“And into the forest I go, to lose my mind and find my soul.” — John Muir
Ah, nature’s wisdom. It’s a balm for the spirit and an education for the soul.
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It has nurtured a wealth of poetry and literature, inspired some of the most treasured works of art, and moved musicians to create soul-stirring compositions.
Take Beethoven, for example, who is said to have developed a love of nature in his youth, enjoying strolls along the Rhine River with his father. Despite losing his mother at a young age, having a father who was an alcoholic, and starting to lose his hearing at the age of 28, Beethoven created some of the most beautiful music the world has ever known—with nature often acting as his inspiration. Nature spoke, and Beethoven listened, translating what he heard into music.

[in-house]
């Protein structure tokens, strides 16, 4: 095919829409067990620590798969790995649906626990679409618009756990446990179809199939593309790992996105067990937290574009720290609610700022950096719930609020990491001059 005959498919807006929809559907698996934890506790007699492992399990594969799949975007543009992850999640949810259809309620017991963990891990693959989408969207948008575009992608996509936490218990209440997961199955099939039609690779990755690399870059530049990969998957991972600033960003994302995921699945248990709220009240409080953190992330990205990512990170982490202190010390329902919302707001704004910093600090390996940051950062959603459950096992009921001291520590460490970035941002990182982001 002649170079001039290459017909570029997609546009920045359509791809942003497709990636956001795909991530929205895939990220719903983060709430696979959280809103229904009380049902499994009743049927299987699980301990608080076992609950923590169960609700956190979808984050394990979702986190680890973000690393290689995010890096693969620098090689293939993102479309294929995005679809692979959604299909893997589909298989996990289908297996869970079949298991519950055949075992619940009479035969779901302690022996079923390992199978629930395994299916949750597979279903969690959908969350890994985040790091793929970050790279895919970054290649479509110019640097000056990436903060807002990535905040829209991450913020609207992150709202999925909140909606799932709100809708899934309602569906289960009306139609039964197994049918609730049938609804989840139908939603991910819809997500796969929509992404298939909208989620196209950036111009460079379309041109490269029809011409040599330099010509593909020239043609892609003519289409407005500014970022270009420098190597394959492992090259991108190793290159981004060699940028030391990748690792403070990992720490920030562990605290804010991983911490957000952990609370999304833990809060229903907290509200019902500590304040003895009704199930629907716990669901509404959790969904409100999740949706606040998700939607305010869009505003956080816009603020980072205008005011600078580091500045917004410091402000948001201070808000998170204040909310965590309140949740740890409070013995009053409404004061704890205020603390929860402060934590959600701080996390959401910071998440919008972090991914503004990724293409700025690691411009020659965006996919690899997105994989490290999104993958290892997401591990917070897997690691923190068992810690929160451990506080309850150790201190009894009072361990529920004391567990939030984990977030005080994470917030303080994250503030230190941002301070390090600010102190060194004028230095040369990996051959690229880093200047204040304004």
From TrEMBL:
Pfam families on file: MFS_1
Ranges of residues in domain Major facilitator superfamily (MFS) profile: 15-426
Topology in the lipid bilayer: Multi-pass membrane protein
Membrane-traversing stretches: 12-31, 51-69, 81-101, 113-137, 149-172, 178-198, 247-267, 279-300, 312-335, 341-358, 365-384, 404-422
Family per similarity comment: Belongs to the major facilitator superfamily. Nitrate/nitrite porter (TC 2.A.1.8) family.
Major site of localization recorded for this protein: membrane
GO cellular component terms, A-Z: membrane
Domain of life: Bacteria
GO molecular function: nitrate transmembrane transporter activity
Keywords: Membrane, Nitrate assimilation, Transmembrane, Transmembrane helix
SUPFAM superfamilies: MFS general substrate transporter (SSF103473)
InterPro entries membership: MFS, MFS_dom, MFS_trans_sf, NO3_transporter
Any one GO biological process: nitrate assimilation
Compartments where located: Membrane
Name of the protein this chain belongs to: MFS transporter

“No one can love the country as much as I do,” he said. “For surely woods, trees, and rocks produce the echo which man desires to hear.”
Nature nourishes the soul, inspires us to dream, and grants us a nightly magical wish upon a star.
As Haruki Murakami said: “Not just beautiful, though — the stars are like the trees in the forest, alive and breathing. And they’re watching me.”
Yet when its inescapable fury manifests, nature can humble us, instilling a sense of awe and respect. Despite technological advancements, modern science can only understand nature in small parcels and points — its immense intertwined complexity is beyond our ability to quantify or control.
Nature’s beauty and power also contain valuable lessons.
Going with the flow of nature
Nature has its own rhythm, its own ebb and flow. Everything is accomplished in just the way it should be and at just the right time. It exists in a state of interconnectedness and interdependence, and every cell and molecule has a role to play.
As Blaise Pascal said: “The least movement is of importance to all nature. The entire ocean is affected by a pebble.”
Nature moves in cascades, with each element impacting the next. And should any single thing fail to fulfill its role, the whole will be affected.